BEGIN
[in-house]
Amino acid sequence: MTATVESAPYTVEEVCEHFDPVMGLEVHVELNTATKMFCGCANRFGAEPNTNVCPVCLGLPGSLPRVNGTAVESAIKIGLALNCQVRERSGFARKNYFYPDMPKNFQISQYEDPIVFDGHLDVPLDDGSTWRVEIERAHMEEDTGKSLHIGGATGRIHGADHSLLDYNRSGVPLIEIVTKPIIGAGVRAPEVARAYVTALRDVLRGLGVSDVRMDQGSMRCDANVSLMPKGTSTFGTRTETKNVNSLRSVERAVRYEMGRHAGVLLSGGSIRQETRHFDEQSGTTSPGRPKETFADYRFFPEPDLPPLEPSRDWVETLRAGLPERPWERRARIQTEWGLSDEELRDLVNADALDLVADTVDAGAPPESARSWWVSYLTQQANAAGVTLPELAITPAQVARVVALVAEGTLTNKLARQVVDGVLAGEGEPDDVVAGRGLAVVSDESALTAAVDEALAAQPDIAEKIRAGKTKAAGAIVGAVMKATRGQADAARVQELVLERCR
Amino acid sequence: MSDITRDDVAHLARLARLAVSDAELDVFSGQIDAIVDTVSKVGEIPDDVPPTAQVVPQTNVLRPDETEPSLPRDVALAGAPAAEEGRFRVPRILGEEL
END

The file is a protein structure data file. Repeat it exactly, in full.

[in-house]
Amino acid sequence: MTATVESAPYTVEEVCEHFDPVMGLEVHVELNTATKMFCGCANRFGAEPNTNVCPVCLGLPGSLPRVNGTAVESAIKIGLALNCQVRERSGFARKNYFYPDMPKNFQISQYEDPIVFDGHLDVPLDDGSTWRVEIERAHMEEDTGKSLHIGGATGRIHGADHSLLDYNRSGVPLIEIVTKPIIGAGVRAPEVARAYVTALRDVLRGLGVSDVRMDQGSMRCDANVSLMPKGTSTFGTRTETKNVNSLRSVERAVRYEMGRHAGVLLSGGSIRQETRHFDEQSGTTSPGRPKETFADYRFFPEPDLPPLEPSRDWVETLRAGLPERPWERRARIQTEWGLSDEELRDLVNADALDLVADTVDAGAPPESARSWWVSYLTQQANAAGVTLPELAITPAQVARVVALVAEGTLTNKLARQVVDGVLAGEGEPDDVVAGRGLAVVSDESALTAAVDEALAAQPDIAEKIRAGKTKAAGAIVGAVMKATRGQADAARVQELVLERCR
Amino acid sequence: MSDITRDDVAHLARLARLAVSDAELDVFSGQIDAIVDTVSKVGEIPDDVPPTAQVVPQTNVLRPDETEPSLPRDVALAGAPAAEEGRFRVPRILGEEL